Reveal Poor Web Security... Have RSA Threaten You With Trademark Infringement

from the not-cool dept

Scott Jarkoff recently discovered a problem with the Navy Federal Credit Union website, in that it allows users to login from an unsecured webpage. That's the type of stuff that we thought pretty much all banks had figured out ages ago. However, what's fascinating is what happened after that. Scott received an angry email from RSA, the well-known security company, who apparently built the NFCU website, claiming trademark infringement and demanding that he take down the post. RSA was upset with the implication that the site was insecure, but rather than either fixing the problem or explaining why the site is actually safe (which they insist), they threaten Scott with a trademark claim because he has a small screenshot of the NFCU website. Doesn't that make you feel secure? Since when is RSA in the business of sweeping security concerns under the rug by threatening those who point out problems with a trademark infringement claim?
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Filed Under: security, trademark
Companies: navy federal credit union, rsa


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  1. identicon
    Freedom, 13 Aug 2009 @ 1:24pm

    Old School and High Priced...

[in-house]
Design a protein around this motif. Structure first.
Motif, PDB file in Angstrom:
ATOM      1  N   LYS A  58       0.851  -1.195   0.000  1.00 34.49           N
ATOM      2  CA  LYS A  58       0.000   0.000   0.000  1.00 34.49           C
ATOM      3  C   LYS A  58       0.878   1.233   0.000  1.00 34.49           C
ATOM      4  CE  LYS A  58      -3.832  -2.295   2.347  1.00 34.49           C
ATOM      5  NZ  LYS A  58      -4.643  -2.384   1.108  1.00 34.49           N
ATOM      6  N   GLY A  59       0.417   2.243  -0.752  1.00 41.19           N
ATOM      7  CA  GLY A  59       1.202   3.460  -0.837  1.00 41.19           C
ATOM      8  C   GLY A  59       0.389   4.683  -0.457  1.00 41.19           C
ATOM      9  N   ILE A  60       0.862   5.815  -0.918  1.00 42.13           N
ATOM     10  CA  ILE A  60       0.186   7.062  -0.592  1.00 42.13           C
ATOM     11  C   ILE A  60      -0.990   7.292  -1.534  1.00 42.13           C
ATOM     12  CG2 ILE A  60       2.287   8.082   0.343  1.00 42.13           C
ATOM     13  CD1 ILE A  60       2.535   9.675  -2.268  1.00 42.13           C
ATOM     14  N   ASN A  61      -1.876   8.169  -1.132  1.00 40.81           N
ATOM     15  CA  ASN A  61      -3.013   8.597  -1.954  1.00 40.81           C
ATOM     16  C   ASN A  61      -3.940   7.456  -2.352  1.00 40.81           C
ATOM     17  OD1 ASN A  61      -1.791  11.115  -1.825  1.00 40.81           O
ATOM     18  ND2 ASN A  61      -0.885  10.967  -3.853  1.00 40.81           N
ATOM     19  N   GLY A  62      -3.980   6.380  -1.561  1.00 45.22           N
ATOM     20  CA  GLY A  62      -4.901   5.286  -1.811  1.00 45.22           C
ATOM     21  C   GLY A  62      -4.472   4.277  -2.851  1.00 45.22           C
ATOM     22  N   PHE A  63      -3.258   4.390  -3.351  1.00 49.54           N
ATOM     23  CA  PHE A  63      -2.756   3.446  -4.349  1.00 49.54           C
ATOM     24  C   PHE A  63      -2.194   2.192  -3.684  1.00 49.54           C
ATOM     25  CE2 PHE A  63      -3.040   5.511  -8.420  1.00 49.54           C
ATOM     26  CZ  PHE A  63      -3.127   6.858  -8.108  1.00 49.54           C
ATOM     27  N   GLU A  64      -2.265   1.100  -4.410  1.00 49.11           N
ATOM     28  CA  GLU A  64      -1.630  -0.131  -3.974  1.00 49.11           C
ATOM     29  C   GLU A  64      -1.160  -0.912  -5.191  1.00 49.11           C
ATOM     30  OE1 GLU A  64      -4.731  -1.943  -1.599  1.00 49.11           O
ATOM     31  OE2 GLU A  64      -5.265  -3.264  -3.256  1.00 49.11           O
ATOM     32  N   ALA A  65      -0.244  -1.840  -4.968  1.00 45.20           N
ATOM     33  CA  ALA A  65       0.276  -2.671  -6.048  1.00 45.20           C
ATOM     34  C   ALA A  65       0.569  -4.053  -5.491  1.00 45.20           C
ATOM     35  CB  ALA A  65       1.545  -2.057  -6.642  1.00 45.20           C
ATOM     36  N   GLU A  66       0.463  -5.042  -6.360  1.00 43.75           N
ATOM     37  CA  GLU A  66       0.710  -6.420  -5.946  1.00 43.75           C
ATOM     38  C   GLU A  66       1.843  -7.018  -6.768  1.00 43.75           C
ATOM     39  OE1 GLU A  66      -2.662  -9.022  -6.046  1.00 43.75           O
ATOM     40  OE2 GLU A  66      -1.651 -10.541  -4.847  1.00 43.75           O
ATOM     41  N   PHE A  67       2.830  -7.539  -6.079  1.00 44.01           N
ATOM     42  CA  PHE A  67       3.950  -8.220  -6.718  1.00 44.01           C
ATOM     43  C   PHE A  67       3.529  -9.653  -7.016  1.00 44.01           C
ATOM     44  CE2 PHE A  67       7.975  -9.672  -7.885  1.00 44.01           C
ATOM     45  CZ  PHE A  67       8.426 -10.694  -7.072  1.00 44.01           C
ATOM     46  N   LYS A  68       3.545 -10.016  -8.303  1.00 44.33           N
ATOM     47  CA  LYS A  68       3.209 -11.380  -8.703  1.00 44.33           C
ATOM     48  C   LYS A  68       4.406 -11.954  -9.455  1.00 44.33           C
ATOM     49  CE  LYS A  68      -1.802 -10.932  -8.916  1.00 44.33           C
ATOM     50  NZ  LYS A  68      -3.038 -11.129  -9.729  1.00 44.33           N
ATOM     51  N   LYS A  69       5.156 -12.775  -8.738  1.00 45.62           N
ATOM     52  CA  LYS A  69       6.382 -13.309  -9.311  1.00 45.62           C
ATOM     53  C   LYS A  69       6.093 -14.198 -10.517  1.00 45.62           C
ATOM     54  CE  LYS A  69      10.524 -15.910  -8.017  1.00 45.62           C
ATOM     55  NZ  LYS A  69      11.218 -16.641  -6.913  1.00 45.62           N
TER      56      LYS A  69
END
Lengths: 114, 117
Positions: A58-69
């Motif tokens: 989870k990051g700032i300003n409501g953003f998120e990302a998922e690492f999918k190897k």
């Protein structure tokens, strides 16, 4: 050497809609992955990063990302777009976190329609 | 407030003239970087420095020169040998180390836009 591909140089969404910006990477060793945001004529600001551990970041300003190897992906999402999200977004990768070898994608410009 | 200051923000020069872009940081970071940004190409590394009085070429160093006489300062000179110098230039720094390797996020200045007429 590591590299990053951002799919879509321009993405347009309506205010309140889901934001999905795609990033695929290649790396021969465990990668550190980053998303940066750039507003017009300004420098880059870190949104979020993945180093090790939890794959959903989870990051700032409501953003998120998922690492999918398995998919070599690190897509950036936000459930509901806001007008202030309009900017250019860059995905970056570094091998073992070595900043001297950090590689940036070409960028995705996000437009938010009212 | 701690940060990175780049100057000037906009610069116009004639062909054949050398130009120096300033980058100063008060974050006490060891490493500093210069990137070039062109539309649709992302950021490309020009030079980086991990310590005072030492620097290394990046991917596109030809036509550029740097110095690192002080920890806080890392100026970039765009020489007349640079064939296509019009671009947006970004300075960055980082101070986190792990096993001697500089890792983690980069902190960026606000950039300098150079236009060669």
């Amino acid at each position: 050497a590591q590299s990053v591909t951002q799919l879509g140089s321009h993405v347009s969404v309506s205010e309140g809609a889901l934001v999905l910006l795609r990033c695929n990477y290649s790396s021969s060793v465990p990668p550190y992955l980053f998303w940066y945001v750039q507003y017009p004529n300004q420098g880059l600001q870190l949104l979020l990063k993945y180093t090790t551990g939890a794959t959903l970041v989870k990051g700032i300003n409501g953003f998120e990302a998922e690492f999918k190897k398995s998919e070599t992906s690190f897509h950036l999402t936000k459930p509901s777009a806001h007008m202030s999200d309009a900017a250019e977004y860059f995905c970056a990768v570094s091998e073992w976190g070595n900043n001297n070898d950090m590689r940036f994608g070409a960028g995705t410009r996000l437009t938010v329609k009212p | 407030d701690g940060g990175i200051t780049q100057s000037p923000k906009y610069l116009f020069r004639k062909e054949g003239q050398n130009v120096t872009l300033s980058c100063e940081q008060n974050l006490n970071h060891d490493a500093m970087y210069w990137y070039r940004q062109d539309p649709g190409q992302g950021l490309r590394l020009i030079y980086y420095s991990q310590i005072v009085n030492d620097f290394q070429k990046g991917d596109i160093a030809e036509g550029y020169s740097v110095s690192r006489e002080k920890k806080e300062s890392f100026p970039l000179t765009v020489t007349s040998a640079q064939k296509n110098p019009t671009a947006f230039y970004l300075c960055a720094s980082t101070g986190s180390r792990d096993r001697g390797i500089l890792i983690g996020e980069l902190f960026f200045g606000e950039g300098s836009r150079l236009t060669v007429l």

This logic just amazes me:

    Public site/public author makes creditable criticism about a relatively high-profile site your company was contracted to make....

    What are your options:

    Option A. Threaten individual author with bogus trademark case. After all, someone that has already gone public won't release our threat letter in a public forum and make the issue worse or anything - nah, definitely not that. Of course, lawyers are cheap as well so this will be a slame dunk - low cost, easy fix - hear no security flaws, see no security flaws - the lawyers can make it all go away! Hmmm.. I wonder if the guy might be right, never mind, legal will take care of it for us!

    Option B. Take two minutes (or more likely with overhead - 4 weeks), fix the initial page so that it is SSL based and take this as an opportunity to show how you handle mistakes in a professional manor.

    Option C. Just ignore it...

    With the economy like it is, I sure hope that the person at RSA that made this decision has some backup options as I wouldn't want to be part of the soon-to-be upcoming meeting on this issue!

    Freedom

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